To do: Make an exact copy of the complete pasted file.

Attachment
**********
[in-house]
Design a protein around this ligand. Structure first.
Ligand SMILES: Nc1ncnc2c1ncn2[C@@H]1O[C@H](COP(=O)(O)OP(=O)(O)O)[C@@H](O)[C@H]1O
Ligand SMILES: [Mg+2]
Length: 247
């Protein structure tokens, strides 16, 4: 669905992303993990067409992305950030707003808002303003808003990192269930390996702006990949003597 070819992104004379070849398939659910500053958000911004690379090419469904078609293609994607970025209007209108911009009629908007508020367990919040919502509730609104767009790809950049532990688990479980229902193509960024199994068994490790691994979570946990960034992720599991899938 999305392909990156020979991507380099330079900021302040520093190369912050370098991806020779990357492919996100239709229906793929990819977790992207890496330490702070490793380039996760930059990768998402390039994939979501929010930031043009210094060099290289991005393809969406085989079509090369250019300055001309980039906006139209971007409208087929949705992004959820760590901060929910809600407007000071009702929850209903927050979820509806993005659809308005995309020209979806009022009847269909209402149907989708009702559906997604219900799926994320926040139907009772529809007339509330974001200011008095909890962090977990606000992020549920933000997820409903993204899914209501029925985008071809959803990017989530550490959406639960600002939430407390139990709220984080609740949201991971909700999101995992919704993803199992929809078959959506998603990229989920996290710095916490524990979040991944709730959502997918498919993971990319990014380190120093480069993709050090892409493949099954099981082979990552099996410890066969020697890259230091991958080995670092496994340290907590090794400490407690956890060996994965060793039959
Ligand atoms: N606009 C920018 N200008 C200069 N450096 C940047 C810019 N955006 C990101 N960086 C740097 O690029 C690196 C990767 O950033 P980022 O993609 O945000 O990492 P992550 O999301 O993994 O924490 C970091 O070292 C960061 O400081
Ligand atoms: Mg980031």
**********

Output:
[in-house]
Design a protein around this ligand. Structure first.
Ligand SMILES: Nc1ncnc2c1ncn2[C@@H]1O[C@H](COP(=O)(O)OP(=O)(O)O)[C@@H](O)[C@H]1O
Ligand SMILES: [Mg+2]
Length: 247
């Protein structure tokens, strides 16, 4: 669905992303993990067409992305950030707003808002303003808003990192269930390996702006990949003597 070819992104004379070849398939659910500053958000911004690379090419469904078609293609994607970025209007209108911009009629908007508020367990919040919502509730609104767009790809950049532990688990479980229902193509960024199994068994490790691994979570946990960034992720599991899938 999305392909990156020979991507380099330079900021302040520093190369912050370098991806020779990357492919996100239709229906793929990819977790992207890496330490702070490793380039996760930059990768998402390039994939979501929010930031043009210094060099290289991005393809969406085989079509090369250019300055001309980039906006139209971007409208087929949705992004959820760590901060929910809600407007000071009702929850209903927050979820509806993005659809308005995309020209979806009022009847269909209402149907989708009702559906997604219900799926994320926040139907009772529809007339509330974001200011008095909890962090977990606000992020549920933000997820409903993204899914209501029925985008071809959803990017989530550490959406639960600002939430407390139990709220984080609740949201991971909700999101995992919704993803199992929809078959959506998603990229989920996290710095916490524990979040991944709730959502997918498919993971990319990014380190120093480069993709050090892409493949099954099981082979990552099996410890066969020697890259230091991958080995670092496994340290907590090794400490407690956890060996994965060793039959
Ligand atoms: N606009 C920018 N200008 C200069 N450096 C940047 C810019 N955006 C990101 N960086 C740097 O690029 C690196 C990767 O950033 P980022 O993609 O945000 O990492 P992550 O999301 O993994 O924490 C970091 O070292 C960061 O400081
Ligand atoms: Mg980031």